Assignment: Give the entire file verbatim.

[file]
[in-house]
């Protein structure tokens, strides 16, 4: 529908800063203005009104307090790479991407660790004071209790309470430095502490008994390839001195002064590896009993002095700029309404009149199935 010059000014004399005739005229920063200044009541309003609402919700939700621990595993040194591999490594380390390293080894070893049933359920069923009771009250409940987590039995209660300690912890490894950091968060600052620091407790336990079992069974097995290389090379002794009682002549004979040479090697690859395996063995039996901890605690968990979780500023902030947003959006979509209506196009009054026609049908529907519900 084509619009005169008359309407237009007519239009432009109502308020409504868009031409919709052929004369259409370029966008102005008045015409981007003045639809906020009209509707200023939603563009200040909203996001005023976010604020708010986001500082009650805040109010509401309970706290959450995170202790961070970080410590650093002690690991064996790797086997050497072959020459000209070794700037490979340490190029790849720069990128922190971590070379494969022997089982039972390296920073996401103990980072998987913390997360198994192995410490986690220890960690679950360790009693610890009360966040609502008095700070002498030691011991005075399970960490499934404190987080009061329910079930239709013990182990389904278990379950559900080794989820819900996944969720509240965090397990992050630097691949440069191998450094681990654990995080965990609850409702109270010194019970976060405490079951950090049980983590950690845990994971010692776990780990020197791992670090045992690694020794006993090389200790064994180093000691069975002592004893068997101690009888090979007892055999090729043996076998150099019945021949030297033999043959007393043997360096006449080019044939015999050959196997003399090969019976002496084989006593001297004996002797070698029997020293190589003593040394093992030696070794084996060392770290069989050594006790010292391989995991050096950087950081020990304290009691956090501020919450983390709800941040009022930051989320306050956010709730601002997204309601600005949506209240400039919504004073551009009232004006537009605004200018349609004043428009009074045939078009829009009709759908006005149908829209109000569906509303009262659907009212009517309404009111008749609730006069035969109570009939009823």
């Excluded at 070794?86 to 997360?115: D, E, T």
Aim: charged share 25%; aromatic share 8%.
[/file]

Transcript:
[in-house]
């Protein structure tokens, strides 16, 4: 529908800063203005009104307090790479991407660790004071209790309470430095502490008994390839001195002064590896009993002095700029309404009149199935 010059000014004399005739005229920063200044009541309003609402919700939700621990595993040194591999490594380390390293080894070893049933359920069923009771009250409940987590039995209660300690912890490894950091968060600052620091407790336990079992069974097995290389090379002794009682002549004979040479090697690859395996063995039996901890605690968990979780500023902030947003959006979509209506196009009054026609049908529907519900 084509619009005169008359309407237009007519239009432009109502308020409504868009031409919709052929004369259409370029966008102005008045015409981007003045639809906020009209509707200023939603563009200040909203996001005023976010604020708010986001500082009650805040109010509401309970706290959450995170202790961070970080410590650093002690690991064996790797086997050497072959020459000209070794700037490979340490190029790849720069990128922190971590070379494969022997089982039972390296920073996401103990980072998987913390997360198994192995410490986690220890960690679950360790009693610890009360966040609502008095700070002498030691011991005075399970960490499934404190987080009061329910079930239709013990182990389904278990379950559900080794989820819900996944969720509240965090397990992050630097691949440069191998450094681990654990995080965990609850409702109270010194019970976060405490079951950090049980983590950690845990994971010692776990780990020197791992670090045992690694020794006993090389200790064994180093000691069975002592004893068997101690009888090979007892055999090729043996076998150099019945021949030297033999043959007393043997360096006449080019044939015999050959196997003399090969019976002496084989006593001297004996002797070698029997020293190589003593040394093992030696070794084996060392770290069989050594006790010292391989995991050096950087950081020990304290009691956090501020919450983390709800941040009022930051989320306050956010709730601002997204309601600005949506209240400039919504004073551009009232004006537009605004200018349609004043428009009074045939078009829009009709759908006005149908829209109000569906509303009262659907009212009517309404009111008749609730006069035969109570009939009823």
């Excluded at 070794?86 to 997360?115: D, E, T």
Aim: charged share 25%; aromatic share 8%.